Arm yourself for layoff

A major corporate layoff is like a war...with everyone scrambling to salvage what they can from the wreckage. And the smart employees are the ones who figure out what's available and what's negotiable. What will you do if you're laid off? The time to think about it is now...not when it happens to you. Then you might be too stunned to act quickly. Here's what you need to know now:

Most companies are willing to give laid off employee’s severance pay. The standard is 1 week for every year of service. But try to negotiate for 2 (some companies are even willing to pay up to 3 weeks of pay for every year of service). It all depends on your contribution to the company and the precedent that has been set with others in the company who have been in a similar situation.

Executives frequently get six months to one year of severance pay-often with health benefits. However, with the volume of lay offs increasing, companies are reporting that fat severance packages are being trimmed significantly.

Ask for compensation for all unused vacations days. This is standard procedure but you should still go through your records to make sure all of your vacation days have been counted. For example, you may have "carried over" some vacation from the prior year that may get overlooked.

Negotiate for an extension on your health insurance coverage beyond the 18-month COBRA requirement. You may even be in a position to ask the company to pay all or part of your health care tab for a period of time.

Another benefit to negotiate for is outplacement services. An outplacement firm will help you find your next job and provide you with needed support.

Why not familiarize yourself with the local outplacement firms now, so you can negotiate for the one that will be the best fit for you? For instance, some outplacement programs might have the right price tag but provide limited services. The older you are and the longer you've been with your current employer, the more negotiating power you have. Be vocal about the fact that you are going to have a tougher time looking for a job because of your age and length of time with one employer.

If you are given a choice between severance pay and outplacement, choose carefully. The money might look tempting but be realistic about your job hunting skills. If you can't get a new job quickly, your severance pay isn't going to help you for long.

If outplacement services aren't an option, ask for office space with a phone and secretarial services for conducting your job search. Although this isn't an ideal situation, it's better than shuffling around in your bathrobe feeling sorry for yourself. You'll be forced to get dressed for "work" and you'll have a secretary to type letters and the phone bill will be paid. Another advantage is that employers will perceive you more favorably if you still look "employed."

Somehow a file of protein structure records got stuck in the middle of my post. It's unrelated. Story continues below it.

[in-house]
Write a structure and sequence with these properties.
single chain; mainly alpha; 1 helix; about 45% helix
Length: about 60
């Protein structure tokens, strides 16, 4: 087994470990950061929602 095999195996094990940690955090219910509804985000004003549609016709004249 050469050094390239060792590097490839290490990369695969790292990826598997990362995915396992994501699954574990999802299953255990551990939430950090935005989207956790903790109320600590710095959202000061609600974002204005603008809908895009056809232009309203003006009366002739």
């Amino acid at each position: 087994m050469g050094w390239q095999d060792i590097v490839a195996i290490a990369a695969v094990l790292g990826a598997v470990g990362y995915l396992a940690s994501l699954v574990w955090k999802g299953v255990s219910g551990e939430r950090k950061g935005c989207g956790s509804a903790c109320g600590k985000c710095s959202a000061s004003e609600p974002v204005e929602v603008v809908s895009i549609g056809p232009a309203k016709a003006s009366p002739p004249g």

The downside of this arrangement is that you might feel embarrassed in front of your former co-workers. And your co-workers will be distracted and confused by your on-site job hunt. There have been cases where the employee spread bitterness around the office. And sometimes the laid off employee believes that the lay off isn't real. ("If I keep doing my old job, maybe they won't ask me to actually leave...")

Find out what kind of reference your company plans to give you and get it in writing. Ask your former bosses to write a letter of reference, which includes a section explaining that the lay off had nothing to do with your performance. When you get the letter, read it carefully to make sure it says exactly what you want it to say.

In fact, you'd be wise to give your boss an outline of some key points and accomplishments to mention ahead of time. It will probably be greatly appreciated and it will improve your chances of getting a useable letter.

Because lay offs are becoming more common place, some companies are beginning to reduce the help they give to laid off employees. If you are ready to negotiate for what you need it will pay off when a pink slip comes.

Companies know that the help they provide to laid off employees not only helps get the employees back on their feet...it sends the right signals to the rest of the employees who are watching. The survivors of a lay off will be more productive and have better feelings toward the company if they know their fellow workers were helped.


Joan Lloyd is a Milwaukee based executive coach and organizational & leadership development strategist. She is known for her ability to help leaders and their teams achieve measurable, lasting improvements. Joan Lloyd & Associates, specializes in leadership development, organizational change and teambuilding, providing: executive coaching, CEO coaching & leader team coaching, 360-degree feedback processes, retreat facilitation and presentation skill coaching and small group labs. Contact Joan Lloyd & Associates at (414) 573-1616, mailto:info@joanlloyd.com, or www.JoanLloyd.com 
 
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